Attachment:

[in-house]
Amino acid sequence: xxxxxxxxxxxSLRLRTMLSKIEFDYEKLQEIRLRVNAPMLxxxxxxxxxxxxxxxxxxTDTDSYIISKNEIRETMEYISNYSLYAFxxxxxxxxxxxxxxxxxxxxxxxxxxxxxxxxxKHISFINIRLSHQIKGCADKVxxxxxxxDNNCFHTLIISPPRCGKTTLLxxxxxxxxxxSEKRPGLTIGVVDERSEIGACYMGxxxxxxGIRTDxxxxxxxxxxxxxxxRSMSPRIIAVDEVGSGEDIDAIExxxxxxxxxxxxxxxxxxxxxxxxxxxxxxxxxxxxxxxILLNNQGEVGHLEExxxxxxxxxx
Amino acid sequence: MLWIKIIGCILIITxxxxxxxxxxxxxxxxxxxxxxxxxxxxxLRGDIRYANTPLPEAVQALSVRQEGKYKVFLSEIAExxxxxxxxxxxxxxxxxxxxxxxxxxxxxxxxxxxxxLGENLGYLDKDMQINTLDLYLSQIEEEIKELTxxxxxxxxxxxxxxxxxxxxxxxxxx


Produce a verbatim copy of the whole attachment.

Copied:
[in-house]
Amino acid sequence: xxxxxxxxxxxSLRLRTMLSKIEFDYEKLQEIRLRVNAPMLxxxxxxxxxxxxxxxxxxTDTDSYIISKNEIRETMEYISNYSLYAFxxxxxxxxxxxxxxxxxxxxxxxxxxxxxxxxxKHISFINIRLSHQIKGCADKVxxxxxxxDNNCFHTLIISPPRCGKTTLLxxxxxxxxxxSEKRPGLTIGVVDERSEIGACYMGxxxxxxGIRTDxxxxxxxxxxxxxxxRSMSPRIIAVDEVGSGEDIDAIExxxxxxxxxxxxxxxxxxxxxxxxxxxxxxxxxxxxxxxILLNNQGEVGHLEExxxxxxxxxx
Amino acid sequence: MLWIKIIGCILIITxxxxxxxxxxxxxxxxxxxxxxxxxxxxxLRGDIRYANTPLPEAVQALSVRQEGKYKVFLSEIAExxxxxxxxxxxxxxxxxxxxxxxxxxxxxxxxxxxxxLGENLGYLDKDMQINTLDLYLSQIEEEIKELTxxxxxxxxxxxxxxxxxxxxxxxxxx